Contributed by Jay Haug
The National Prayer Breakfast has been a tradition in Washington D.C. for many years. Coming as it does in the beginning of the year, the event creates an opportunity for the president to step aside from the overtly political world to reflect on the role of faith, the Bible, the church/synagogue and caring for the less fortunate have played in American society. The focus, whether we were confronting communism or terrorism or even economic malaise as a nation, has always been on the greater values of the human spirit and the country as a whole.
Unfortunately, President Obama decided not to continue in this tradition, but rather to use the occasion to attack his political opponents in the name of "civility." In short, he turned the National Prayer Breakfast into a referendum on him. In a mocking tone, he called on people to stop questioning his "faith" and his "birth certificate" and to stop demonizing their political opponents, which everyone in the room took to mean him as well. For the moment, let us set aside the political mud wrestling that so preoccupies Washington. In a town designed for political wrangling we should expect nothing less. The question to drill down on is this: Why did not the president use this opportunity, in keeping with the tradition of the NPB, to rise above the political fray himself? Why did not his advisors tell him that this was a unique opportunity to be "presidential" to show grace and mercy to his political opponents and point the nation to a Higher Authority and greater principles and values? Why did he look so petty and wounded?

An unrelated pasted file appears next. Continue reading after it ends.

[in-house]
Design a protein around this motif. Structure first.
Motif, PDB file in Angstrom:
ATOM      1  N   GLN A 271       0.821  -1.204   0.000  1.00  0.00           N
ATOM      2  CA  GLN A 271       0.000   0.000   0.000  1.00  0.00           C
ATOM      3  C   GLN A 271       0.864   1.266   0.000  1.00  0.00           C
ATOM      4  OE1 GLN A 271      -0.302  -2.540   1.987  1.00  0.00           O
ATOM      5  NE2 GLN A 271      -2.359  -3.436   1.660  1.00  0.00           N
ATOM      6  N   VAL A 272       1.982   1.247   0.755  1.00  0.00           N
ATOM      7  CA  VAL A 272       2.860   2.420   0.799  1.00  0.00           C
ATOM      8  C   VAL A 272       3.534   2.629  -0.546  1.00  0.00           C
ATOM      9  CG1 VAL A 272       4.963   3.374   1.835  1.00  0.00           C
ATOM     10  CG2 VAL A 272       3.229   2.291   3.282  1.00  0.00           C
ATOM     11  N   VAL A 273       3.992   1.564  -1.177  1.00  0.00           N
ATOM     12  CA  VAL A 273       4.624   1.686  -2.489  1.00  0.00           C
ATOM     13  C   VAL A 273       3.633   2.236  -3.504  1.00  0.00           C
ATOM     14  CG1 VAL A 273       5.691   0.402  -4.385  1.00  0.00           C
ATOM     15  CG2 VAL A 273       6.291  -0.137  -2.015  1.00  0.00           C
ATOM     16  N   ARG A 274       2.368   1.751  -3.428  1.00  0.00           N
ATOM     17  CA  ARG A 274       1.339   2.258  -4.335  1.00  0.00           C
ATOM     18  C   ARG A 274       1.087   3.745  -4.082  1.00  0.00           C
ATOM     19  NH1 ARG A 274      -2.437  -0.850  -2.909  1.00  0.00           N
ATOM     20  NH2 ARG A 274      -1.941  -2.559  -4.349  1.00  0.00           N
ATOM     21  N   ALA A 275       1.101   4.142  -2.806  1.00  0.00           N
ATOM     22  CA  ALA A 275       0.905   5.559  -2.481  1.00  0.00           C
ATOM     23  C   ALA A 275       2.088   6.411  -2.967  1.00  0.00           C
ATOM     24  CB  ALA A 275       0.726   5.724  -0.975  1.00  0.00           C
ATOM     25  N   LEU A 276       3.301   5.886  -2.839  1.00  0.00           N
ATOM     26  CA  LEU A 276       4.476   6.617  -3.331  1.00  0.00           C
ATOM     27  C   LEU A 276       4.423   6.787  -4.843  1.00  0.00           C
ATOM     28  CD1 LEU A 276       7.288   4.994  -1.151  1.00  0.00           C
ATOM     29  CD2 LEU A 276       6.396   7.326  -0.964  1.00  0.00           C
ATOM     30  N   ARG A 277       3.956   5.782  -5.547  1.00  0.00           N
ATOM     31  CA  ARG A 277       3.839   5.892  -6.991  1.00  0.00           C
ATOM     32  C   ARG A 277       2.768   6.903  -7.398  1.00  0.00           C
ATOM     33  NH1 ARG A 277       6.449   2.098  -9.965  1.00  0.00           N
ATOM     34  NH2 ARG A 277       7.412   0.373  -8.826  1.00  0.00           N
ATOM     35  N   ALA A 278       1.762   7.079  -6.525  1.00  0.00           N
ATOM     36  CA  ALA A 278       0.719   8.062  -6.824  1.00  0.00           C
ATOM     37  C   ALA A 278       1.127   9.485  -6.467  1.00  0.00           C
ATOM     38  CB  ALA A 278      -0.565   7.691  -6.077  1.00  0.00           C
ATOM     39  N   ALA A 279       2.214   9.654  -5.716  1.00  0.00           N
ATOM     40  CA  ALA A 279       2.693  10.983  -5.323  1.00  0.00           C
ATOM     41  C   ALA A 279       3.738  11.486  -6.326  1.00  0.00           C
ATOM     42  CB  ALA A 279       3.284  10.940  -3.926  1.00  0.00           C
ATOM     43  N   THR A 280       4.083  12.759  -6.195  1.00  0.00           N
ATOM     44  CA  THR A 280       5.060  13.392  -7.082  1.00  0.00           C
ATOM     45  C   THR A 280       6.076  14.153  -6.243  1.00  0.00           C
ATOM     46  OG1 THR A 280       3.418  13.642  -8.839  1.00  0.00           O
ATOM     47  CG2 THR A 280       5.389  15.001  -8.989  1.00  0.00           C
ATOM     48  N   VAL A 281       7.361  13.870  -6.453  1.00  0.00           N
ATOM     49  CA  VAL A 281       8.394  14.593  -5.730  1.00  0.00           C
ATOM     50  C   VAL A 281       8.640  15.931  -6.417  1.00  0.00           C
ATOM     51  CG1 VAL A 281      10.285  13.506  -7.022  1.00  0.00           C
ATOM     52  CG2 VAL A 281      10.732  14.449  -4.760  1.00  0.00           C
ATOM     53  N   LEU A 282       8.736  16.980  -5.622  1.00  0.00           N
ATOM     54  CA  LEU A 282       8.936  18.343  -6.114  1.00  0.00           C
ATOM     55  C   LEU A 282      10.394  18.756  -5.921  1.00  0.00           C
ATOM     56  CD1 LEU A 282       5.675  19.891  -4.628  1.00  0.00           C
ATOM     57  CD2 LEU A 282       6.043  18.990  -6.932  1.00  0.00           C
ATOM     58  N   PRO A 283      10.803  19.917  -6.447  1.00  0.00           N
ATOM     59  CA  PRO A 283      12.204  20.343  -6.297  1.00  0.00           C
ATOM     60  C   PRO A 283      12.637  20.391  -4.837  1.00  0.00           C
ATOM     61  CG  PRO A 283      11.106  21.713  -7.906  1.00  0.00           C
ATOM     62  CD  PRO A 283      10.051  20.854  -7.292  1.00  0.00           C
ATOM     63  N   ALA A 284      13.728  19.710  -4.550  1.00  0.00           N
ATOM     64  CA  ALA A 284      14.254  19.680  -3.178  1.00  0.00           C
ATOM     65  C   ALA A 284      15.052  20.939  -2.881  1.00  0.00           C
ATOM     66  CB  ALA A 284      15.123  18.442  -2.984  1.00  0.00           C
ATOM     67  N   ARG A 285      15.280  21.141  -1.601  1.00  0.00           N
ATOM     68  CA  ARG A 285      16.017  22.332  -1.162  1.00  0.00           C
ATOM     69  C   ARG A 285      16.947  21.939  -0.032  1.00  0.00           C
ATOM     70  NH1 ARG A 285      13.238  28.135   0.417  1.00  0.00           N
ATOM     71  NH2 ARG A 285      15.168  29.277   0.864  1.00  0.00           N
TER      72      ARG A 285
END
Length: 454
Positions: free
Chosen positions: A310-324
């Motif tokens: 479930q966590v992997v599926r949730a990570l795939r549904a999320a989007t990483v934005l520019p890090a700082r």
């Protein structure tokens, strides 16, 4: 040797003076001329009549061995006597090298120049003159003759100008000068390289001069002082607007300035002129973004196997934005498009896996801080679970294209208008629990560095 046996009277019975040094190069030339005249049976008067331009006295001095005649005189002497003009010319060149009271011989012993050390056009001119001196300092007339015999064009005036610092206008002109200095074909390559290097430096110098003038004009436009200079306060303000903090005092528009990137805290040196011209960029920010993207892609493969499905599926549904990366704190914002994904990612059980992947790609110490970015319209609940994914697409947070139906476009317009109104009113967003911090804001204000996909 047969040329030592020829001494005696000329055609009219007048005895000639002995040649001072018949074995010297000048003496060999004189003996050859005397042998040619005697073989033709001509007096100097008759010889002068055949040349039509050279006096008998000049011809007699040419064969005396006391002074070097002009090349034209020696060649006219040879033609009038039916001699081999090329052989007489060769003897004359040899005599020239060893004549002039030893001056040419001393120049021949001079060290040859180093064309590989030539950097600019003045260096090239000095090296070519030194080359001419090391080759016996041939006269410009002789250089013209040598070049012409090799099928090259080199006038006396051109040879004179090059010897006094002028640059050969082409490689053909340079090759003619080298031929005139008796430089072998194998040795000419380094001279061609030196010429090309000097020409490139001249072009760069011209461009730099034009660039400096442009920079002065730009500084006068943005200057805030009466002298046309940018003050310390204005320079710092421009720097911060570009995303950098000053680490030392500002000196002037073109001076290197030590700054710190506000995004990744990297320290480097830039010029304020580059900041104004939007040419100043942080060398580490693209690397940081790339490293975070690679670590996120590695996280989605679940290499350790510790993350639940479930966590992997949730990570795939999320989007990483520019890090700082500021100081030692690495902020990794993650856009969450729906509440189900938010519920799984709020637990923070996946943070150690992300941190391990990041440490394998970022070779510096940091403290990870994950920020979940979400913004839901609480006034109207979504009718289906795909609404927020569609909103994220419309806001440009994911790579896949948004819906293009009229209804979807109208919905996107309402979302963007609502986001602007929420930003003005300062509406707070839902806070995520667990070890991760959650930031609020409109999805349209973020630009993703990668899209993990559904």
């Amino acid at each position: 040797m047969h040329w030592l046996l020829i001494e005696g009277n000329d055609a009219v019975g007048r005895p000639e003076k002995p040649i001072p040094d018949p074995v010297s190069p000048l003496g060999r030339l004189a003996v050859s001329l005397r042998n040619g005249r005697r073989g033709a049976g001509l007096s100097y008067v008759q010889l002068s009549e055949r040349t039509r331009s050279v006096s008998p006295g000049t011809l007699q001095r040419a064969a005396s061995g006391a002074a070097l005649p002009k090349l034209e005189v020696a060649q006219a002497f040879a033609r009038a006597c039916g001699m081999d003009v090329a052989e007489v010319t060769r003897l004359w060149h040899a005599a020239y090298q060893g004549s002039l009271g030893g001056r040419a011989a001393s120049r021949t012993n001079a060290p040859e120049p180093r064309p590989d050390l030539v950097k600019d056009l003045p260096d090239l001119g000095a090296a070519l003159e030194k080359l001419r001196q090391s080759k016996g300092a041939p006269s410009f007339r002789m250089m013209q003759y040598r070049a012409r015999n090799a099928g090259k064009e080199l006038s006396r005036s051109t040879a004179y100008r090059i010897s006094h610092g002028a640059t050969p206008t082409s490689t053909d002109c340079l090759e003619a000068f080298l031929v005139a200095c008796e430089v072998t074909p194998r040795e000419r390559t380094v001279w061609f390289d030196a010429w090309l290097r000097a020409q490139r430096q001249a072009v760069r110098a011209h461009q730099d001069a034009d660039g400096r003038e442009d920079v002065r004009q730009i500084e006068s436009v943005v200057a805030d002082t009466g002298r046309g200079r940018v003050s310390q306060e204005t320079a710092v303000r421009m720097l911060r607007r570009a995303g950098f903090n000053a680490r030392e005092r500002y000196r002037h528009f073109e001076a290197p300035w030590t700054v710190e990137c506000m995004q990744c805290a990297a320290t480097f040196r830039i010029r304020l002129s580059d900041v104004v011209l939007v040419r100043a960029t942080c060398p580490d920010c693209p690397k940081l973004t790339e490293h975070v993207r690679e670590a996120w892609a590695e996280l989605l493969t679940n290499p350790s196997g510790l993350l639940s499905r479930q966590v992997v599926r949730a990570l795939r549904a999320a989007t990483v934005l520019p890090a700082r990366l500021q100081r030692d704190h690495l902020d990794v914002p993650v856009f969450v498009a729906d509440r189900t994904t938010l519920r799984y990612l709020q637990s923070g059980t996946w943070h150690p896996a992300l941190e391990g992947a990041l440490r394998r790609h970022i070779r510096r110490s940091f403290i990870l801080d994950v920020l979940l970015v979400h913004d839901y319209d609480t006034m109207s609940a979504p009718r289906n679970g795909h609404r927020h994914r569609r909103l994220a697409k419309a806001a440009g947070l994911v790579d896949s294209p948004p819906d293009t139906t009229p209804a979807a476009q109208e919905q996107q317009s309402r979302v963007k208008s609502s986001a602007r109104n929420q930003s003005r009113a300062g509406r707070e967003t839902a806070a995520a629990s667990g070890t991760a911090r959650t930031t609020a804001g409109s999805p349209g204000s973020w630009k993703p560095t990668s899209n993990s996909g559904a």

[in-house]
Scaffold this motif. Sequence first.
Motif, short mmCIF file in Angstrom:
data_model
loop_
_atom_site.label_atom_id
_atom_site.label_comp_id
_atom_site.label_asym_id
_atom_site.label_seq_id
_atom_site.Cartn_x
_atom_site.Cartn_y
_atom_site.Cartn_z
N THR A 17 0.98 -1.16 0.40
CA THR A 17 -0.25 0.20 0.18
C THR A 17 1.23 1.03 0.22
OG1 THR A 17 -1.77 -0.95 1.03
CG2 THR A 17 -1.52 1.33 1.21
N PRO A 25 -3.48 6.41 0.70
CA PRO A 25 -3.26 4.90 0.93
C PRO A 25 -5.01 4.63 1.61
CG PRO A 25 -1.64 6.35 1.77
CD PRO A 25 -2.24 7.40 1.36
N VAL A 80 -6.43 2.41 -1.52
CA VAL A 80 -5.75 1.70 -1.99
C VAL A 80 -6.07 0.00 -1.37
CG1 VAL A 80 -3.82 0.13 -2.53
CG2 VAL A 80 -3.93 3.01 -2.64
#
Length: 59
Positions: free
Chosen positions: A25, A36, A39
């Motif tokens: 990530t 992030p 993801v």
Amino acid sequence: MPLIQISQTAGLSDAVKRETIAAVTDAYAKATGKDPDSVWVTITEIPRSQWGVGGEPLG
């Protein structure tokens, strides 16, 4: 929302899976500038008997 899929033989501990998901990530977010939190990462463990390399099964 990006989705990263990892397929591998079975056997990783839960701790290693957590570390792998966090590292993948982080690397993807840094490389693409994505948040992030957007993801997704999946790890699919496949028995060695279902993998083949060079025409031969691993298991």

The truth may be hidden in the background no one in the mainstream media dared examine during the election, namely his association with the Reverend Jeremiah Wright and Trinity Church in Chicago. Through their example, the nursing and flaunting of political wounds, the mixing of spirituality and political resentment was raised to an art form. It was there our president tells us he became a Christian. It was there he drank in the first feedings of the faith that shaped his life. Unfortunately, now when he needs magnanimity, when he should be rising above the confines of power politics and demonstrating the post-partisanship he so championed during the campaign, Barack Obama seems unable to do so. He has made himself small.
Someone needs to go to our well spoken president and tell him there is a time and a place for everything. Using the National Prayer Breakfast to get back at one's political opponents is neither the time nor the place.
Thanks to Jay Haug, who is a free-lance writer living in Ponte Vedra Beach, Florida. A graduate of Williams College and Virginia Theological Seminary, Haug has spent his career as an Episcopal priest, financial advisor and radio talk show host.